Video: Calculating the Energy Produced from the Scale-Up of a Reaction Given the Balanced Chemical Reaction Equation and Its Energy Change

If 1 mole rather than 2 mole, of H₂O is produced from the following reaction, how much energy is produced? CH₄ (g) + 2O₂ (g) → CO₂ (g) + 2H₂O (g) + 800 kJ [A] 100 kJ [B] 200 kJ [C] 400 kJ [D] 800 kJ [E] 1200 kJ

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Video Transcript

If one mole rather than two moles of H₂O is produced from the following reaction, how much energy is produced? CH₄ gas plus 2O₂ gas react to form CO₂ gas plus 2H₂O gas plus 800 kilojoules. A) 100 kilojoules, B) 200 kilojoules, C) 400 kilojoules, D) 800 kilojoules, or E) 1200 kilojoules.

In the equation, we can see that on the product side, there is 800 kilojoules given out. It would take about 800 kilojoules to heat 2.5 litres of water from room temperature up to its boiling point. But what does it mean to have the energy as a term in the equation? Well, this is way too much energy for it to be released with one molecule of methane reacting with two molecules of oxygen. So, we can assume what we’re dealing with here are moles. One mole of CH₄ plus two moles of O₂ react to form one mole of CO₂ and two moles of H₂O, releasing 800 kilojoules of energy in the process.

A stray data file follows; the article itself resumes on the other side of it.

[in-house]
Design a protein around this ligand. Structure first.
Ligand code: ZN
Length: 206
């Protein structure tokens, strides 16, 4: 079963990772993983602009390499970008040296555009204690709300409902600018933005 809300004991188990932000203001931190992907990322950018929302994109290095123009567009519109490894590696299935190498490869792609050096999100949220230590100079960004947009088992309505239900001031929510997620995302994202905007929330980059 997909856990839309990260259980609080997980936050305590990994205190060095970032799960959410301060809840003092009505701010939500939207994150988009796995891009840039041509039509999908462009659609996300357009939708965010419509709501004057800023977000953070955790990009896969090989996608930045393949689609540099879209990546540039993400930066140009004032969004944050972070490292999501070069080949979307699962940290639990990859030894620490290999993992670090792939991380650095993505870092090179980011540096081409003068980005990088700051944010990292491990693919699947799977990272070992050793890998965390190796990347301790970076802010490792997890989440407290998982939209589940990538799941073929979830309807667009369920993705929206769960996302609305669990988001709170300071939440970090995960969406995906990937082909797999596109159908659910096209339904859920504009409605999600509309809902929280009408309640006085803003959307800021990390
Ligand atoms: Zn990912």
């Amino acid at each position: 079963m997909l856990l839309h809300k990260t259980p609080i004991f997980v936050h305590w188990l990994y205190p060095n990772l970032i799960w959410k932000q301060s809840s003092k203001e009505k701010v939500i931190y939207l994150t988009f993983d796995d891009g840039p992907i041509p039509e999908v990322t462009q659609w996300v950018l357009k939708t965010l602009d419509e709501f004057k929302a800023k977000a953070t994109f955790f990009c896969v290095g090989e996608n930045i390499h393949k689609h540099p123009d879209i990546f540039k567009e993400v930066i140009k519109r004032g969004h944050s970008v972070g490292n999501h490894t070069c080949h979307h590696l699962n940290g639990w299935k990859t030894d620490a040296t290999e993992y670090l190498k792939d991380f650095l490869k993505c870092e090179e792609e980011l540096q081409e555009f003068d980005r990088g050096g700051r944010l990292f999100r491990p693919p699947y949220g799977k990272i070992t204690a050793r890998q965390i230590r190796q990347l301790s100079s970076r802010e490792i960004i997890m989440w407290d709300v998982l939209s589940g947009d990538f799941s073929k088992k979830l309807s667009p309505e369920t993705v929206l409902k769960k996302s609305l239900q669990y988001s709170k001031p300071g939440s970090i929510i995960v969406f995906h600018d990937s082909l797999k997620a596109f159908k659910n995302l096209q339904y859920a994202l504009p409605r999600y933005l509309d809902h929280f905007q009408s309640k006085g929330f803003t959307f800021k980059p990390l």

So, our job is to work out how much energy is produced when only one mole of H₂O is produced from this reaction. At the moment, we’re getting 800 kilojoules of energy released per every two moles of H₂O. Which means the energy released per mole of H₂O is 400 kilojoules. If we multiply that by the number of moles of H₂O we’re producing, one mole, the energy released when we produce only one mole rather than two moles of H₂O is 400 kilojoules.

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